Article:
A cyber security researcher on a jet hacks into flight controls via its in-flight information system.
A practical joker cracks the code for programming electronic highway road signs.
An organized crime group hides drugs in an ocean shipper’s legitimate cargo and uses hackers to gain data needed to steal the cargo containers in port.
A cybercriminal gains access to a railroad’s signaling system by pretending to be a rail company executive and sending out bogus emails to other employees.
Each of these scenarios demonstrates what happens when a cybersecurity vulnerability common in transportation and other critical infrastructure systems is discovered and abused: a weak password. The first three actually occurred; the fourth is a terrifying possibility.
Digital Invaders of Critical Infrastructure
Cyber-insecurity lurks in the air, on the road, in tunnels, and on bridges, along railroad tracks and crossing the ocean. Fears are well-founded regarding the digital invasion of our nation’s transportation systems as their various infrastructures become more dependent on the “Internet of Things“.
In an article about the U.S. Federal Government’s National Strategy for Transportation Security, Roads & Bridges magazine notes that protecting the nation’s transportation systems requires “broad-based commitments to improve cybersecurity awareness and the use of best security practices by individuals, industries, and government agencies.” Many security experts would include the use of password management software as one of those best practices.
November is Infrastructure Security and Resilience Month. It is a good time for government agencies and industries to consider enterprise password management as a frontline tool in helping to secure the safety of critical infrastructure, including transportation systems. We don’t want the huge data breaches that have besieged retail and social media in recent years to hit the transportation sector and other critical systems on which we rely daily.
Password Managers Help Eliminate Stolen & Weak Passwords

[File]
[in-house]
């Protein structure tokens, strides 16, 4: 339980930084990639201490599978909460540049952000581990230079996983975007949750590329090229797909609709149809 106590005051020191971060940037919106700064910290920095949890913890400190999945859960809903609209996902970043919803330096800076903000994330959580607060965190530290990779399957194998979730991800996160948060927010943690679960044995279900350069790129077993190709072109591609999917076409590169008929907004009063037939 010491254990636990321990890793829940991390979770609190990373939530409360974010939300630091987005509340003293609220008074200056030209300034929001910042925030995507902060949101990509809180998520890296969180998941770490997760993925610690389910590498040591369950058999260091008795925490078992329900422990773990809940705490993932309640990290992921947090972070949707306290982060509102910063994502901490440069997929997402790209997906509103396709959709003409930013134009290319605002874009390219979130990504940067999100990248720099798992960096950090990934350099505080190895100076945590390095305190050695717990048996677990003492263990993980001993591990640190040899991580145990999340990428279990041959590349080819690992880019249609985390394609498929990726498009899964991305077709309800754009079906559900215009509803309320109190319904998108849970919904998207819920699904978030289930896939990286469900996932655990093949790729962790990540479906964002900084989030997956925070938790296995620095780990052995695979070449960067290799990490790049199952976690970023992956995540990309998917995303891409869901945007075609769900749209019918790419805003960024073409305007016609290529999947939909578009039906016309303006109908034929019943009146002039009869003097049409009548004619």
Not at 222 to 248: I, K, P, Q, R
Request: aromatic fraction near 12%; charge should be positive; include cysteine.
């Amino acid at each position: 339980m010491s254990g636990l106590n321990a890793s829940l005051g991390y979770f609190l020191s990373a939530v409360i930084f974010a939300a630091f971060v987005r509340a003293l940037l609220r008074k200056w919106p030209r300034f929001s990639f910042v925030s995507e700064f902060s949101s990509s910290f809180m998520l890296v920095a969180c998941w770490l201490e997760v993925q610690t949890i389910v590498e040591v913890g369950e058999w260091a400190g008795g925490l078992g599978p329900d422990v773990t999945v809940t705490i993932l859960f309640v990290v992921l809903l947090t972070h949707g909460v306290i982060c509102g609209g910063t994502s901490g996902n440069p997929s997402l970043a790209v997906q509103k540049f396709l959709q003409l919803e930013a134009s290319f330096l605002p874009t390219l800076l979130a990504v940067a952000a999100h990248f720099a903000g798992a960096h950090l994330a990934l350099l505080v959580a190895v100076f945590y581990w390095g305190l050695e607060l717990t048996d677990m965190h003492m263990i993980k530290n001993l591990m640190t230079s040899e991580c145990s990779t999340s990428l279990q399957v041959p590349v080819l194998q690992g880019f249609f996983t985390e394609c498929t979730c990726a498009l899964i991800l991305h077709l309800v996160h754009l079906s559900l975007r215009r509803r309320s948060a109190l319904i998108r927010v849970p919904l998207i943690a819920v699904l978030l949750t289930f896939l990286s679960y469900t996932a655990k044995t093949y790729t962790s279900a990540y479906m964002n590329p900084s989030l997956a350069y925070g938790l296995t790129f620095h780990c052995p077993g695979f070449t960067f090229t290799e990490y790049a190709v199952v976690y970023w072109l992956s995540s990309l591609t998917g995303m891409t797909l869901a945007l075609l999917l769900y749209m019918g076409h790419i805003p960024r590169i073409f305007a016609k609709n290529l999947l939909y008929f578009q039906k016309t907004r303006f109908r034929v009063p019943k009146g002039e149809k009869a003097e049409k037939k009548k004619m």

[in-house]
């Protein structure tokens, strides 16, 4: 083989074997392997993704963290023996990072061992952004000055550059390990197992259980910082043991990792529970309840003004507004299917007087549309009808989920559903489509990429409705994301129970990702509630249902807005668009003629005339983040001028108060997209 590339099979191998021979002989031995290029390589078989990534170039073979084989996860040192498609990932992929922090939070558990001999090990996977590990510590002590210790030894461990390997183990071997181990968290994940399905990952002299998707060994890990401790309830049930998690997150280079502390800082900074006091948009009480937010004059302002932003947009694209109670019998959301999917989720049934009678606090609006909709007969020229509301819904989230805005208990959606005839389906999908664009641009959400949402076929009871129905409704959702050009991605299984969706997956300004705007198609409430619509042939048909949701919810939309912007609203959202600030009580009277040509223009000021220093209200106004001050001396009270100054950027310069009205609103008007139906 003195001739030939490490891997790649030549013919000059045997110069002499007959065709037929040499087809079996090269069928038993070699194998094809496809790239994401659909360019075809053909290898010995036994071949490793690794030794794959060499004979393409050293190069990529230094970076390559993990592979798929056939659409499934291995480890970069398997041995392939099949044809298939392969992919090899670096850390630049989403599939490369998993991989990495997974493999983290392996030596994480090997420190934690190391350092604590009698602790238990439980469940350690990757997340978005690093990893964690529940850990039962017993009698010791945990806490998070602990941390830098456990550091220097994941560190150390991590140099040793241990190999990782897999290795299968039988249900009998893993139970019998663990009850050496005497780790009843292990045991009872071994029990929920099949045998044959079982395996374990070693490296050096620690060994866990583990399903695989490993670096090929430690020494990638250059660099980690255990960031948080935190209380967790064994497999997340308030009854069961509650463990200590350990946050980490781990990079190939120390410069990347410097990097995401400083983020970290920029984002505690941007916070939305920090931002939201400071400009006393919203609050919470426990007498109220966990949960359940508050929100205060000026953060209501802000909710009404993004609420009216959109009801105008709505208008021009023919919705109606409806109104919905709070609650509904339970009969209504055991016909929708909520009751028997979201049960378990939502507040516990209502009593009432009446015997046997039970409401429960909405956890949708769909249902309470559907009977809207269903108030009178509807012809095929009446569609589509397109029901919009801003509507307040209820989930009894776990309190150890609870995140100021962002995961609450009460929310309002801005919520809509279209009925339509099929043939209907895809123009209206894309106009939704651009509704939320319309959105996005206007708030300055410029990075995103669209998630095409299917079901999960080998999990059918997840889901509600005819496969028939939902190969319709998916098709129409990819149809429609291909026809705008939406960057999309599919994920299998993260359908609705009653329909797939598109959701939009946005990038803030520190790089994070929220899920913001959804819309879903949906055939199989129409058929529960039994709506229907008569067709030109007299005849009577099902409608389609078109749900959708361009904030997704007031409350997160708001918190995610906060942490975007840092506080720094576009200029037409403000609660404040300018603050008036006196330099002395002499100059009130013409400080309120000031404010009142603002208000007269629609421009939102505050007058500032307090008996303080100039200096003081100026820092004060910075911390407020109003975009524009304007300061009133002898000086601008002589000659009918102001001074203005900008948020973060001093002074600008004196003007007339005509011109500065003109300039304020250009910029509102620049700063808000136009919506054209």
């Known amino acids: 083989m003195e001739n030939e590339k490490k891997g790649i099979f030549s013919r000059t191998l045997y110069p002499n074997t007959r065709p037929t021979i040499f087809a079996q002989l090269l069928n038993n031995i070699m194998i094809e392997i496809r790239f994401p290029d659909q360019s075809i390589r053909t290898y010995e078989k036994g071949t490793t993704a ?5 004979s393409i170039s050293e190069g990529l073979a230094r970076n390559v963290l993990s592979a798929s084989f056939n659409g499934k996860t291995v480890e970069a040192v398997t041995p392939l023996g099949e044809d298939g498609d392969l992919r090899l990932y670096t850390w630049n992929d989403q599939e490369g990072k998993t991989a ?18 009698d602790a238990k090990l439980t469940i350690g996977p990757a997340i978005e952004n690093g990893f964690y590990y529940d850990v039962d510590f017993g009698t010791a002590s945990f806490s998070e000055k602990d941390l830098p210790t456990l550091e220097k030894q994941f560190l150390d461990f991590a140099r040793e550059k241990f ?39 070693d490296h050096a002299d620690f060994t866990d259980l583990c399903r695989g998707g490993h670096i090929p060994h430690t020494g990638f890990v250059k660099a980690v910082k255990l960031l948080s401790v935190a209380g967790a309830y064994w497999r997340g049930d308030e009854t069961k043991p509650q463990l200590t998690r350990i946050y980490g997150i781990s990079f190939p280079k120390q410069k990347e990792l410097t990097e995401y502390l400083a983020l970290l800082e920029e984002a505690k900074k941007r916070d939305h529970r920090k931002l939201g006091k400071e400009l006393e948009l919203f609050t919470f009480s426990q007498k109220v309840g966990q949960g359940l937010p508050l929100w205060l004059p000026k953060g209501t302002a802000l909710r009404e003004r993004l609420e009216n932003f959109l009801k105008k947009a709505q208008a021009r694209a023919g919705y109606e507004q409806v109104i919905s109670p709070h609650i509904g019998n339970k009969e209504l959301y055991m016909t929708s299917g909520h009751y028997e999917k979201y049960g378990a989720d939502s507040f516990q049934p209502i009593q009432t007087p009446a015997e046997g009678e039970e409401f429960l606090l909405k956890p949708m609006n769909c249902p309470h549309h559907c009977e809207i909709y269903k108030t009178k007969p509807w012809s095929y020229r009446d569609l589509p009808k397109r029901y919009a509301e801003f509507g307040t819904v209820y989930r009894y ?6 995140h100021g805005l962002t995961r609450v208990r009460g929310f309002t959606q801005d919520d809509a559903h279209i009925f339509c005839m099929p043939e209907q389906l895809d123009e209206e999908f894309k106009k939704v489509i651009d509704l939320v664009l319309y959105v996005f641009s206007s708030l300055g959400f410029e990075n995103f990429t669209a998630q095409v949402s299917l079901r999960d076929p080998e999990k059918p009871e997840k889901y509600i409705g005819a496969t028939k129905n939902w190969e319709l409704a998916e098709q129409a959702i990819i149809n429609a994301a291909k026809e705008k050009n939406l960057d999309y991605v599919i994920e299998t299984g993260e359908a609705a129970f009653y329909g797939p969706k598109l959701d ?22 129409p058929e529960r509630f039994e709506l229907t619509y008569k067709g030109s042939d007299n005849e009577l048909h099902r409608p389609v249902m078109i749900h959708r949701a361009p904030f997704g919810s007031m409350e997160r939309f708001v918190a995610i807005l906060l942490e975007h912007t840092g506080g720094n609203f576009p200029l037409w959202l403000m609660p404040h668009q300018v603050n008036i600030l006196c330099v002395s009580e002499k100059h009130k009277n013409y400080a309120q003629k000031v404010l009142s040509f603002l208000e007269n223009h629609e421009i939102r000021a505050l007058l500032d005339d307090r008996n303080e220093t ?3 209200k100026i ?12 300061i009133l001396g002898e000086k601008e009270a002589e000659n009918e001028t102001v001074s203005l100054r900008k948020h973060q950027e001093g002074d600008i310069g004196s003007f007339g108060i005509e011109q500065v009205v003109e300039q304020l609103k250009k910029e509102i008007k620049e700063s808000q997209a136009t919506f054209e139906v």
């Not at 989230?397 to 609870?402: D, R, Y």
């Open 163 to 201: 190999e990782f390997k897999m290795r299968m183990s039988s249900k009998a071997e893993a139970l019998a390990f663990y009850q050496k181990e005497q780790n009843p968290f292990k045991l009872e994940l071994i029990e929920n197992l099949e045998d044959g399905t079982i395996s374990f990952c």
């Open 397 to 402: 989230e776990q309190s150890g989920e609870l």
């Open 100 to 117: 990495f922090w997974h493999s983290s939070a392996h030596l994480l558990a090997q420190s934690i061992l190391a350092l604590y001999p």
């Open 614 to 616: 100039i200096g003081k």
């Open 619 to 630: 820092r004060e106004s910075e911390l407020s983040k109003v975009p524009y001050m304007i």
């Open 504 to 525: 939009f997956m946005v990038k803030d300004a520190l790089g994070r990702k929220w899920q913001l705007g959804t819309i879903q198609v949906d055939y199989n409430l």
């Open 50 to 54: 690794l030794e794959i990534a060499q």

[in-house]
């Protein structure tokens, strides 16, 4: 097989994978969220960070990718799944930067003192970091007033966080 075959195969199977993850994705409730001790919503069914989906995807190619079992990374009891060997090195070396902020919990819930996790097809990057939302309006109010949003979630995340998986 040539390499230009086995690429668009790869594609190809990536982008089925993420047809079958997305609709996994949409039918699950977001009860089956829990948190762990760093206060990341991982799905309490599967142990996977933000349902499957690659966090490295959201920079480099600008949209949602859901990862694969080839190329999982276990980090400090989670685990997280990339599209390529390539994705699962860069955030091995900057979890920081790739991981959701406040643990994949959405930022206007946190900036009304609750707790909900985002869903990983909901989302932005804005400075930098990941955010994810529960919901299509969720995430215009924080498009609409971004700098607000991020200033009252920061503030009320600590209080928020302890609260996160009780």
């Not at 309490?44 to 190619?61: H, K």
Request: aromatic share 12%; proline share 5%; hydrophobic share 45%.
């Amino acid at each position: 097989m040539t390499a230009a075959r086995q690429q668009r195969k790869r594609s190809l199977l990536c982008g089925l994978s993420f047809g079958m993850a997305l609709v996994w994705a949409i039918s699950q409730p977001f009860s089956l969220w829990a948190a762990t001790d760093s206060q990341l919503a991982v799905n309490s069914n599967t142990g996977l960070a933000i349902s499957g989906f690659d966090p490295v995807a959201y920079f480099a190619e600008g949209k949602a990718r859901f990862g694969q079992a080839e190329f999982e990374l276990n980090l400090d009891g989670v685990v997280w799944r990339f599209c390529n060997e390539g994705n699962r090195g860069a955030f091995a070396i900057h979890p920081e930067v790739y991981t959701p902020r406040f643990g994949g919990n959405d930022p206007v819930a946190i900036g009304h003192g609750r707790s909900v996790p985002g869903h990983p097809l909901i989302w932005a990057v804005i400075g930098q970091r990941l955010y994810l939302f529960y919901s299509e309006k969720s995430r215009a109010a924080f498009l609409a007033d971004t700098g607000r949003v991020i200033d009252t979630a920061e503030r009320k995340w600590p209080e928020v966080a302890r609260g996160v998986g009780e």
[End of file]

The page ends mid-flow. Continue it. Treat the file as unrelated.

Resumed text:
In Verizon’s 2016 Data Breach Investigations Report, 63 percent of confirmed data breaches involved leveraging weak, default, or stolen passwords.
We no longer live in a time when it is safe and acceptable to use predictable passwords, such as “123456” or “password”. Weak passwords are as easy to steal as they are to remember.
A stolen password can result from an attack as simple as a spear phishing email, in which the writer pretends to be a co-worker in order to burrow into an organization’s documents and operations. In the case of critical infrastructure — such as air traffic control, highway transportation, power grids and water management — these files may lead to information necessary to hack control systems that protect lives.
An Example of the Worst Case Scenario
In one of the worst breaches of critical infrastructure to date, hackers used a phishing attack to gain access to the controls of an electrical power utility in the Ukraine on December 23, 2015.
As Wired magazine noted, it was “the first confirmed hack to take down a power grid.” The hackers had stolen employee credentials for months to eventually create a blackout that left 230,000 customers cold and in the dark for up to six hours.
One of the electric power company’s errors was allowing workers to log into grid controls without using two-factor authentication. Wired reported that this made it easier for hackers to hijack the credentials of these workers.
Similarly, reporting on a 2013 breach of a dam in upstate New York, NBC noted that an Iranian hacker used a legal search engine designed to find control systems with inadequate cyber security. The NBC report added that systems reliant on “simple passwords or no passwords at all” are easily accessed.